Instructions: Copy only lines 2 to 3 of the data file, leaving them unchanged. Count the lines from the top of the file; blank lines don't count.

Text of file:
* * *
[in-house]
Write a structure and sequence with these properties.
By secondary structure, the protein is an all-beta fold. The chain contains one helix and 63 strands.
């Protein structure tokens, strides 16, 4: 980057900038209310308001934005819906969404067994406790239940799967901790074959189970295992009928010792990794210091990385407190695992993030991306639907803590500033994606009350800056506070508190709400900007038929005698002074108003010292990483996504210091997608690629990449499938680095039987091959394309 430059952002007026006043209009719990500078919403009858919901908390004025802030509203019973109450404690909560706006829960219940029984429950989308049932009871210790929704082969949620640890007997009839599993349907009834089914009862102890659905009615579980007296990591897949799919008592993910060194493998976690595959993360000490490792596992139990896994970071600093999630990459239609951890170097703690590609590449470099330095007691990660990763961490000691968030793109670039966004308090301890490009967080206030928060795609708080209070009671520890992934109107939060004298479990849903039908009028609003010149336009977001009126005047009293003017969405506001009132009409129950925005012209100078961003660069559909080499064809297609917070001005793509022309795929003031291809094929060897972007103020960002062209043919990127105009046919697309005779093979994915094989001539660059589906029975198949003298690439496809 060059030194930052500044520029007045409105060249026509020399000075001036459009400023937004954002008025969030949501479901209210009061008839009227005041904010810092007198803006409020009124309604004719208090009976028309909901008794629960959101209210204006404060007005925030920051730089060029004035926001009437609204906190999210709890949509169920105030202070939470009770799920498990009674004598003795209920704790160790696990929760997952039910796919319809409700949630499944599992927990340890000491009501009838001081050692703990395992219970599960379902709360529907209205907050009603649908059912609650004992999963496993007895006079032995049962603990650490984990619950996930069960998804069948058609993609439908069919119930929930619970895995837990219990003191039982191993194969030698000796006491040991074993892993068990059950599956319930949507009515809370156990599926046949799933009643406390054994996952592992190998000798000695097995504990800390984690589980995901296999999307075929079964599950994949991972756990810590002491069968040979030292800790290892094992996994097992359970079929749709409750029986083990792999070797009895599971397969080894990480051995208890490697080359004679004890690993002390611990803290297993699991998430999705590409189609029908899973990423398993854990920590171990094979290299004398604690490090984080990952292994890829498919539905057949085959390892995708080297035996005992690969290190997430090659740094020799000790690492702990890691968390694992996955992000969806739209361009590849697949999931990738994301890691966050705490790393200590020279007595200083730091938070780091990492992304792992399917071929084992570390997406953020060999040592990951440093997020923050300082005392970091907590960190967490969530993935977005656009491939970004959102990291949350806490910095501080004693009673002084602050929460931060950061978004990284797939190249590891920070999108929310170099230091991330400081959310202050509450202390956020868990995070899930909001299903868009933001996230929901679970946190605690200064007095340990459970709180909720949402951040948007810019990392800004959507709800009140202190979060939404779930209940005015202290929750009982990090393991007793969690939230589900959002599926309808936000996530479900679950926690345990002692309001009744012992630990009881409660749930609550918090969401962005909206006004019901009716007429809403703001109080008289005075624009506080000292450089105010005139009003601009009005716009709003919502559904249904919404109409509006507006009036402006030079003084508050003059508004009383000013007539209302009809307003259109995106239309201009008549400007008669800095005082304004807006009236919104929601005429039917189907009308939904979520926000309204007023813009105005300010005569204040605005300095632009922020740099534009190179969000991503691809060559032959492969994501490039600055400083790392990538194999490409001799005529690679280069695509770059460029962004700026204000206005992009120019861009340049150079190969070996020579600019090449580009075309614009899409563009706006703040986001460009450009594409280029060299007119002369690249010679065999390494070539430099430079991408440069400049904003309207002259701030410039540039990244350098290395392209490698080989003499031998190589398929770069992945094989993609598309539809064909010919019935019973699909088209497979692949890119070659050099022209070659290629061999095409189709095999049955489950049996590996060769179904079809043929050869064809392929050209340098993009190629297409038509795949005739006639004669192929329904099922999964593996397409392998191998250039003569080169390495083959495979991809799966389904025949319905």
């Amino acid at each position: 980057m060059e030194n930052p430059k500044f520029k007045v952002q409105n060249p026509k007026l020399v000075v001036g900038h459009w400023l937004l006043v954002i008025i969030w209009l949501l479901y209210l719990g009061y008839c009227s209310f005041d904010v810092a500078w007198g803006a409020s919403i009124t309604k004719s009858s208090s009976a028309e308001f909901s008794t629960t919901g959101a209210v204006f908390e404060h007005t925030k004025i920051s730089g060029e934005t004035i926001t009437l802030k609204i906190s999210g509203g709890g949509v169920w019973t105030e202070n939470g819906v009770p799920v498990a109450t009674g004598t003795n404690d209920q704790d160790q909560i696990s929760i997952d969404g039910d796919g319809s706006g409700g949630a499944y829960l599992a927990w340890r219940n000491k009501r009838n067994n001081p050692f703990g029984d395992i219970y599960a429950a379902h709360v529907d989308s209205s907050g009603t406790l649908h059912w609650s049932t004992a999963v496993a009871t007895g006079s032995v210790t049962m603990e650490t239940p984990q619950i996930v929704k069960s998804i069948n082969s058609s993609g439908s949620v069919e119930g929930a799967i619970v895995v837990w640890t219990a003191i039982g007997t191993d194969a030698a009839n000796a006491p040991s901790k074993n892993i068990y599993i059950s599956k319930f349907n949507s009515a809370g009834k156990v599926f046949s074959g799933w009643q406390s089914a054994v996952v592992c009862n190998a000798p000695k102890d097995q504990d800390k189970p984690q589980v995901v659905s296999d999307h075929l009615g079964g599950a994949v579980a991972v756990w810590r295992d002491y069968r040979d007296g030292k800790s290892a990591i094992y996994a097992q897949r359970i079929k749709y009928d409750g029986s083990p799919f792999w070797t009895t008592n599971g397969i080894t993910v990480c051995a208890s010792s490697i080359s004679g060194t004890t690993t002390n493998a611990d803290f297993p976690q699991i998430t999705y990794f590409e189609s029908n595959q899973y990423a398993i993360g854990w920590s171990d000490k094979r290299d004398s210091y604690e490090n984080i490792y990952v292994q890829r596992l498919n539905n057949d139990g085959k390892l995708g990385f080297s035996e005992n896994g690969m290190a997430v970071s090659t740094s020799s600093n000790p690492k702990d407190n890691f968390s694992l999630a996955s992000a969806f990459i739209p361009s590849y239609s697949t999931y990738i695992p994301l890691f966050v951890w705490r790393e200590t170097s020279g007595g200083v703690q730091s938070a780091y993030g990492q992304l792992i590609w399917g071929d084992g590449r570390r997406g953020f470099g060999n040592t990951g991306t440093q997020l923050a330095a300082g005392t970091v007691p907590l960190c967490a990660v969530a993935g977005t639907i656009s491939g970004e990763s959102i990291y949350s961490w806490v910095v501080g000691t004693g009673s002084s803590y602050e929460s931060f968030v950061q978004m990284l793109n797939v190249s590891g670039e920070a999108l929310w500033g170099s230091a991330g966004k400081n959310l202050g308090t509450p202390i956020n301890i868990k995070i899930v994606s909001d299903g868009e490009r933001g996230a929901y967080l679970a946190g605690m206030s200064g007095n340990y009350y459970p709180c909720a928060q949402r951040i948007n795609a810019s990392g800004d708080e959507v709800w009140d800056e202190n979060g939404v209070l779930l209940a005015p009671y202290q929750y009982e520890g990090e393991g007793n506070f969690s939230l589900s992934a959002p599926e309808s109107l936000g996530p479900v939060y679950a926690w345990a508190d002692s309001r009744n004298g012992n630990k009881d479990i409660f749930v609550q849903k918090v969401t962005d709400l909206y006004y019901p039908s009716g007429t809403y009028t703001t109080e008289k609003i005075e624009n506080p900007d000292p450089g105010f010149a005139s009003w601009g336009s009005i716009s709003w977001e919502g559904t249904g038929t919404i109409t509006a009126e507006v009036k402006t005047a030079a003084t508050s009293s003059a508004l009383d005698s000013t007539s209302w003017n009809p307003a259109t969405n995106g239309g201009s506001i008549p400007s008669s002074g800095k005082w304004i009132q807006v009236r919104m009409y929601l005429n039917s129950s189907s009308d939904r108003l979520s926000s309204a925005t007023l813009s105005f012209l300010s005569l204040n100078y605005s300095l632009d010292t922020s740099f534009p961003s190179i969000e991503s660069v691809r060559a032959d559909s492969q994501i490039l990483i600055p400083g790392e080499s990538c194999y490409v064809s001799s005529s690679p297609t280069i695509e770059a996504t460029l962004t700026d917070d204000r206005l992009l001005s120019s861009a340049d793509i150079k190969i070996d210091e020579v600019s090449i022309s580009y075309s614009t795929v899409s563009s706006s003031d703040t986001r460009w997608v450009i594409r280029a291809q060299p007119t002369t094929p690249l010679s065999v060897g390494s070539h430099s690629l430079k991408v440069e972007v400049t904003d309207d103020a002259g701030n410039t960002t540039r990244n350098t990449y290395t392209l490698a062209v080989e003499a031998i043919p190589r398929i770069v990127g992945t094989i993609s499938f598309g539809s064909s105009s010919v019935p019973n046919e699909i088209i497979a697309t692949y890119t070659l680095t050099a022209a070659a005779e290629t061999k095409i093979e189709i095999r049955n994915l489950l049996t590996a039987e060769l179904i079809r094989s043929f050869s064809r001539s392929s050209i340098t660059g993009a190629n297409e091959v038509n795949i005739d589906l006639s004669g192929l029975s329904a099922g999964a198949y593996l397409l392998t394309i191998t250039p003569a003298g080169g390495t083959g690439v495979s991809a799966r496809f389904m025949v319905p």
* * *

Write a structure and sequence with these properties.
By secondary structure, the protein is an all-beta fold. The chain contains one helix and 63 strands.